Fabulous, first-rate recipe!

    last blog post: Pancakes on Parade – The Round-Up and The Raffle Winner *

  16. Liqurious « Boh-log: A Blog about Beer from the Land of Pleasant Living says:

    [...] Lambic Sorbet [...]

  17. Chris Millward says:

    @peter & Jude – I believe that Lindemans’ lambics are all sweetened. The one exception that is not sweetened is their Cuvée René Gueuze. A few lambic makers do make the traditional unsweetened gueuzes and lambics. I can’t find the reference right now, but I believe the term “oude gueuze” is protected in Belgium and can only be applied to those gueuzes that are made in the traditional manner and are unsweetened. Some of the lambic brewers/blenders have appropriated the ‘oude’ designation for some of their fruit lambics if they have no sugar added. Thus traditional krieks, such as those made by Cantillon, Drie Fonteinen, Boon, Hanssens, and Oud Beersel (this list is off the top of my head, there may be more…), are much more tart than a sweetened kriek. They are made by adding fresh cherries to an aged barrel of lambic, but not adding additional sugars/syrup.

    If you are interested in tasting the difference I would recommend seeking out either Boon or Oud Beersel, because both of these makers offer both a traditional oude kriek and a sweetened version which you could compare side-by-side. Both the ‘oude’ and sweetened versions of both of these beers are available here in Orlando @ Knightly Spirits in MetroWest, but your mileage may vary depending on your location.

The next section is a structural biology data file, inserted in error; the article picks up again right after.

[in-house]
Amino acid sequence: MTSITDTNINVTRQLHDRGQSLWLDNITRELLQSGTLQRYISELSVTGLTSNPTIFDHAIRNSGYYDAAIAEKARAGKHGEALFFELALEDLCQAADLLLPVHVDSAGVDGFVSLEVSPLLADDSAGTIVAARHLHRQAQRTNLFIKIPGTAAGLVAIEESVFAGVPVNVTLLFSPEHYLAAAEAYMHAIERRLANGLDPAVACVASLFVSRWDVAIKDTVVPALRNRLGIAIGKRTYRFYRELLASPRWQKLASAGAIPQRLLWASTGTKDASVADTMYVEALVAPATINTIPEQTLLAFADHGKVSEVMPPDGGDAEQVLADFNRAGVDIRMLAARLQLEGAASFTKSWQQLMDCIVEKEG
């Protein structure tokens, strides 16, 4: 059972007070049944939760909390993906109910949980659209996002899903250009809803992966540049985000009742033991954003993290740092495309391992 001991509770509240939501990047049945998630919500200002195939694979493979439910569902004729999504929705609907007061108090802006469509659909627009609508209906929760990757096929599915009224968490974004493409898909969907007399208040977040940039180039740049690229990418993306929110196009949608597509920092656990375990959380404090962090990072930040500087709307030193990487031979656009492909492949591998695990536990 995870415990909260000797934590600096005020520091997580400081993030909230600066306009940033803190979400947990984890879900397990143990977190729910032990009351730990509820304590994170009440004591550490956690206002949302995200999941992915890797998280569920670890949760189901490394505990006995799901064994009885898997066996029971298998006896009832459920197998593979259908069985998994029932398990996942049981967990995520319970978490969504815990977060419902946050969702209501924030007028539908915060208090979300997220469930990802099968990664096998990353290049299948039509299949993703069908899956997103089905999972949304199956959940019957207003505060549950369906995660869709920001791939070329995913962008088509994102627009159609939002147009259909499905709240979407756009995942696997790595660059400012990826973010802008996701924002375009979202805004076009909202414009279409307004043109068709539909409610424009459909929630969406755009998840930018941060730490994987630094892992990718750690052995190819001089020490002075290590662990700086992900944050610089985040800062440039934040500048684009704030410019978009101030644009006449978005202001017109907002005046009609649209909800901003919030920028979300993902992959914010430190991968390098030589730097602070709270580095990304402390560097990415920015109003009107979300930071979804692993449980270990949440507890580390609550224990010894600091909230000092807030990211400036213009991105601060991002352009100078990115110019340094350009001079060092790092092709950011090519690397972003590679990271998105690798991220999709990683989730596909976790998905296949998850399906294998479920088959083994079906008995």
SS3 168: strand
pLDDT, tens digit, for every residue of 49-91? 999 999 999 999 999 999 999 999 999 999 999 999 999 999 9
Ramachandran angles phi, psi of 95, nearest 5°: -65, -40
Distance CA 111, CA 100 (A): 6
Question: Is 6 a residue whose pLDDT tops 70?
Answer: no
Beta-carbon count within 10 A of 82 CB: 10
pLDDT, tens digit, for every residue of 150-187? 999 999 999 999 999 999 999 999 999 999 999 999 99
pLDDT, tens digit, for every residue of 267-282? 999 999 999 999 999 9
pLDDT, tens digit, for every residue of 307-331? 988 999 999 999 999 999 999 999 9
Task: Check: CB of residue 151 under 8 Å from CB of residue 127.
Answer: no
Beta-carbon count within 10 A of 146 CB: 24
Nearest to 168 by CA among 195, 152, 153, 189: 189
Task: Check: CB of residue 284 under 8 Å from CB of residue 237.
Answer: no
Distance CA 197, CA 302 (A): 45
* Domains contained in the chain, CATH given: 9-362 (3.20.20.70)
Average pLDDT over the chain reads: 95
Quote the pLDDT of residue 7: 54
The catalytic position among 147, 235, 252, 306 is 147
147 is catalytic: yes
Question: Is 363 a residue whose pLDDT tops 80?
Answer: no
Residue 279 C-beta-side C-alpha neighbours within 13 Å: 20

Oh, here is the link!

    Either way, enjoy! Looking forward to trying this sorbet.

  18. tanna – Can’t go wrong either way for sure.

    michelle – Can’t find gueuze yet. Nothing but fruit lambics over here.

    peabody – So easy to make, too.

    jeanne – Like the kriek lambic as well. I’ll try it with sour cherries.

    nancy – Glad it was a hit. That’s an interesting mix of flavors. Will try it when I get a chance.

    dragon – Sometimes you’re not even aware of what you’re doing but everyone else seems to notice it. Oh well.

    susan – Lindemans is so addictive. I’ve yet to try the cassis, though.

    chris – I think what Peter meant is that Lindemans lambics don’t use processed sweeteners such as sugar and syrups — only fresh fruit. Will keep an eye out for the breweries you mentioned. I’m sure I’ve seen them before in the local stores. Thanks for the informative post!

  19. Lisa says:

    I made this with great success! My dinner guests were so pleased!

    I used frozen (fresh from the farmer’s market a week before) raspberries. I processed them and let them sit, to thaw, while the syrup cooled.

  20. Columbus Foodie » Blog Archive » July 2008 Roundup says:

    [...] Recipes, Strawberry Peach Sorbet and Country Peach Ice Cream from Annie’s Eats, Raspberry Lambic Sorbet from Apple Pie, Patis, and Pate, Cannoli Cupcakes from Bake & Destroy, Strawberry Balsamic [...]

  21. Elizabeth says:

    framboise is my favorite drink!! great idea!

    last blog post: July Daring Baker’s Challenge: Filbert Gateau with Praline Buttercream

  22. Eleanor Mcneff says:

    Hello, I love the Madagaskar movies, great animation!

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  24. Au revior, a mardi… says:

    [...] Sorbet made from one of my favorite fruity Belgian beers sounds absolutely fabulous to me! [...]

  25. Hep says:

    Lindemans uses artificial sweetener Acesulfame K (it’s required to be listed on the european label, but not the US import label).